Background: Surgically induced astigmatism is the cause of poor postoperative vision even after uneventful cataract surgery.
AIM: The aim of the study was to compare the effect of surgically induced astigmatism in SICS and Phacoemulsification after taking the incision in the steepest meridian.
Setting: Basaveshwar Hospital, Mahadevappa rampure medical college Gulbarga, Karnataka.
Design: Prospective observational study.
Material and Methods: A total of 200 eyes of 200 patients with mean age of 62 years were included in the study. Consecutive patients with cataract were randomly assigned to undergo phacoemulsification or manual SICS by a single surgeon experienced in both techniques. Group A underwent SICS (Small Incision Cataract Surgery) and group B had phacoemulsification. Surgically induced astigmatism was analyzed by SIA software.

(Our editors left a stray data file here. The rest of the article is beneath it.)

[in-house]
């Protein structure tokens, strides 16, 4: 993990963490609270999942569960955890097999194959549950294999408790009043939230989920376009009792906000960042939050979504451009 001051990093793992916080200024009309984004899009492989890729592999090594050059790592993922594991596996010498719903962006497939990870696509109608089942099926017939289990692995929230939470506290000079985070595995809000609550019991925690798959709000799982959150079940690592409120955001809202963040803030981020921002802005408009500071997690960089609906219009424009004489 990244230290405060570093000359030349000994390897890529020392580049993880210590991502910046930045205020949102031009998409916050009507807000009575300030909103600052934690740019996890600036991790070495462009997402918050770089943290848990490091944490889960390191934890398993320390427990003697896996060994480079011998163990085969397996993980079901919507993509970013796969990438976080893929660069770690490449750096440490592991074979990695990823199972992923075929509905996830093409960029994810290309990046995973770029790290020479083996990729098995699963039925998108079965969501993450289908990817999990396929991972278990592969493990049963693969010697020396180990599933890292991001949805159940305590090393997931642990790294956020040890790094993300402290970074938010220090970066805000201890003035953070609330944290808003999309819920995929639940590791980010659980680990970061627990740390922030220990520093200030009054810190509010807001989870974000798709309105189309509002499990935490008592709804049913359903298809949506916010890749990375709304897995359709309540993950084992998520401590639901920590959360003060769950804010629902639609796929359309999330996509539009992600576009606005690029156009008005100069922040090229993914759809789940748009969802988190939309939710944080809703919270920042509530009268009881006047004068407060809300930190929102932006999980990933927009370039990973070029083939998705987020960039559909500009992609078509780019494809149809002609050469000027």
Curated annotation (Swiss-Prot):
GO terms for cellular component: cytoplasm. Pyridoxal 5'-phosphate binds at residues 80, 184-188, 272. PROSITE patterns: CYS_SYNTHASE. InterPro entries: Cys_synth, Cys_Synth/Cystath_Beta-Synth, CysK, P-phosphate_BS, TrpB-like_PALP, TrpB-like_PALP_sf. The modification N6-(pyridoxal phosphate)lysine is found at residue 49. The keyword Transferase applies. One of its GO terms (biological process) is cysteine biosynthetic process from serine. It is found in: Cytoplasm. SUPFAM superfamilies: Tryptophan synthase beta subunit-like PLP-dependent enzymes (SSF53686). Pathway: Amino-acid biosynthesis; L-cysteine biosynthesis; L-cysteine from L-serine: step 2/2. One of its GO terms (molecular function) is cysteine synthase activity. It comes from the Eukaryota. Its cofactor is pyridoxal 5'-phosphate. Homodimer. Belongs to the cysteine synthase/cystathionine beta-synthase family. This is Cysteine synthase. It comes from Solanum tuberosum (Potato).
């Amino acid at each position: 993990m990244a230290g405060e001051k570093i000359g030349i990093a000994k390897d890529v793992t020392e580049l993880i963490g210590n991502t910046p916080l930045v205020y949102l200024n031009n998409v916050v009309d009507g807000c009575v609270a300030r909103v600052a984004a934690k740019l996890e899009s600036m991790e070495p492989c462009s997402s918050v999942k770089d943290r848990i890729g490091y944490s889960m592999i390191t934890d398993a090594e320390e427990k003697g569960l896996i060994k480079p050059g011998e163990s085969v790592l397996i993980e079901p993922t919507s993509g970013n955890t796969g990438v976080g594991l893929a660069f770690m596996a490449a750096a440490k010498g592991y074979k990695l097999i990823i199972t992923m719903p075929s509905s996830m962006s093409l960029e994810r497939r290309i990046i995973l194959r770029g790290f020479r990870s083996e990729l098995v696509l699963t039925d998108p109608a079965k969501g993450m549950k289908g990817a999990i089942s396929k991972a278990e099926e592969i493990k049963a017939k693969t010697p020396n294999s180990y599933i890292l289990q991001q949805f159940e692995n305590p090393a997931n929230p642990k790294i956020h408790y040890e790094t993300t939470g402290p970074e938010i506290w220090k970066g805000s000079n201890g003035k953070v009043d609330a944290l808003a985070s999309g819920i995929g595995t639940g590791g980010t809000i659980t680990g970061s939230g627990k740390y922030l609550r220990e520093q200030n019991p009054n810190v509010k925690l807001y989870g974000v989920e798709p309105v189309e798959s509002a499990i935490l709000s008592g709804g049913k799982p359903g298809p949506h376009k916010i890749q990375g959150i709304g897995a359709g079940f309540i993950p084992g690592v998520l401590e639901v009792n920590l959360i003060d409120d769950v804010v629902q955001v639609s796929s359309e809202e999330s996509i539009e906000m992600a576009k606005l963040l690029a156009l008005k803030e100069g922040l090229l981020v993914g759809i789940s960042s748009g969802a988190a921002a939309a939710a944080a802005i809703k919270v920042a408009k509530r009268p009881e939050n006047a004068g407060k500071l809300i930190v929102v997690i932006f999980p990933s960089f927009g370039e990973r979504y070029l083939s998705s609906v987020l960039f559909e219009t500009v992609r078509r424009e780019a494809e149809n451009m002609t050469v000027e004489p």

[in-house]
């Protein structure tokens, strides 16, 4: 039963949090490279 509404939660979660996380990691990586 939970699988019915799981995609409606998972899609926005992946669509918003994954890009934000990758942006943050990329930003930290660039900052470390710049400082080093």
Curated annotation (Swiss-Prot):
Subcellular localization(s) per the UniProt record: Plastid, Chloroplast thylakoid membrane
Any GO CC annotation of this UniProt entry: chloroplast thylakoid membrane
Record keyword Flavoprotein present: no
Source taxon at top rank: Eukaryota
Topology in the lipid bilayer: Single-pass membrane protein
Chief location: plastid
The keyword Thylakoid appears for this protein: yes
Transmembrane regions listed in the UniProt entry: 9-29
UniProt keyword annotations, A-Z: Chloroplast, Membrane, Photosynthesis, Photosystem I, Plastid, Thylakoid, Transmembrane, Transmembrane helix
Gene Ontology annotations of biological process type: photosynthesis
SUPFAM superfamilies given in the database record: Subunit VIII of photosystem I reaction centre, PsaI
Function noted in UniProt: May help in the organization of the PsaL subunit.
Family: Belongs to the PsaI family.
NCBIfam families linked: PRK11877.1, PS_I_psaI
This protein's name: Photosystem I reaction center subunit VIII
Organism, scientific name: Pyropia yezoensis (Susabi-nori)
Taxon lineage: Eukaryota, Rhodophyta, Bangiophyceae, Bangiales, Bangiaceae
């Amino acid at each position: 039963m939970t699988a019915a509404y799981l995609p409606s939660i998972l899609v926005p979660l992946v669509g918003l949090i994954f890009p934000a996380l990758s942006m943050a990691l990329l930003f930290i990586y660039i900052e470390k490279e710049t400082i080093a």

Statistical analysis: Non-parametric method (Mann whitney U test).
Results: The measurement of induced astigmatism was taken: dK, the net keratometric change in corneal toricity. Average dK for Group A (SICS) was +0.05 D and for Group B (Phacoemulsification) was -0.53 D. There was a difference of -0.49 D between the two groups in terms of induced keratometric astigmatism. The SICS group actually demonstrated on the average a greater iatrogenic astigmatism than the phacoemulsification group keratometrically. This is clinically or statistically significant (P<0.001).
Conclusions: Phacoemulsification induces less astigmatism than SICS. Iatrogenic astigmatism is more with SICS.